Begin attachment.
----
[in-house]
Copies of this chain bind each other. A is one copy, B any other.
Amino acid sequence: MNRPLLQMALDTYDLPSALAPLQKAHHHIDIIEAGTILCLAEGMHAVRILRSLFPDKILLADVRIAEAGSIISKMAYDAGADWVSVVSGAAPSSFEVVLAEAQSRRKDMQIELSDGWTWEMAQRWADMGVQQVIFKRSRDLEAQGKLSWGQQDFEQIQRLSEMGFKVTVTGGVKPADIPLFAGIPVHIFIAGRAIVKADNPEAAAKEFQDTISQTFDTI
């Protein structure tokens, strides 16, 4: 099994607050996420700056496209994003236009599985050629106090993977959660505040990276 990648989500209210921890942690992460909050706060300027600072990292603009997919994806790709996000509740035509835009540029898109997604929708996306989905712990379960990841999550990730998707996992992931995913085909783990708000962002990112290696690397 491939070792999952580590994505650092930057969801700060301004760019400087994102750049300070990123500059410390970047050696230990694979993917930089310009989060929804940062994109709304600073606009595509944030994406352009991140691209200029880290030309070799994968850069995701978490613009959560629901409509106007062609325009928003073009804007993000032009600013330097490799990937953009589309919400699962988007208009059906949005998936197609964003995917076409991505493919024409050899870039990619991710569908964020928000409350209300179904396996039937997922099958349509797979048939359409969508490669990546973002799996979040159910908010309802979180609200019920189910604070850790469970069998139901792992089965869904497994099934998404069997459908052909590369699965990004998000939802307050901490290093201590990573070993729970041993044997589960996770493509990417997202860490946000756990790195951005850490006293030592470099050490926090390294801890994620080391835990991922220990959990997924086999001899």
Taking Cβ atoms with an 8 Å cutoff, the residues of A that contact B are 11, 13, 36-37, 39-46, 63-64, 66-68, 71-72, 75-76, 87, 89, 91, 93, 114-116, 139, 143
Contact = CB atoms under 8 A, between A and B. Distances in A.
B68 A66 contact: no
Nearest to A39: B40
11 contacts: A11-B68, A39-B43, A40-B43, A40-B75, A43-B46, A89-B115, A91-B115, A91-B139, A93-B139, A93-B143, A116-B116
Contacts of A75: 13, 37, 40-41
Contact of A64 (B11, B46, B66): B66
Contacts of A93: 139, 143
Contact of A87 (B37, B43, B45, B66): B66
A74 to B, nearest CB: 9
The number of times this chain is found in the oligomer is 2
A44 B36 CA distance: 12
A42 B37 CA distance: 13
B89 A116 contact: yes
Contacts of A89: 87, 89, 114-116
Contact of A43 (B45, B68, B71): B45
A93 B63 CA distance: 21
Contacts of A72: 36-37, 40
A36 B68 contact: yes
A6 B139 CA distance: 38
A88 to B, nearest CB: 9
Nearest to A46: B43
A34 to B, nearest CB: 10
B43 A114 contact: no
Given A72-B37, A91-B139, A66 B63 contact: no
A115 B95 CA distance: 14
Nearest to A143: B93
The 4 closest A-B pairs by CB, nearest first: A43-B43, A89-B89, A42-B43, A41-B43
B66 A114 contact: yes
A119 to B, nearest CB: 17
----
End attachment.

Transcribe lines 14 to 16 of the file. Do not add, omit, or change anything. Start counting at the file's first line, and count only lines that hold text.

A74 to B, nearest CB: 9
The number of times this chain is found in the oligomer is 2
A44 B36 CA distance: 12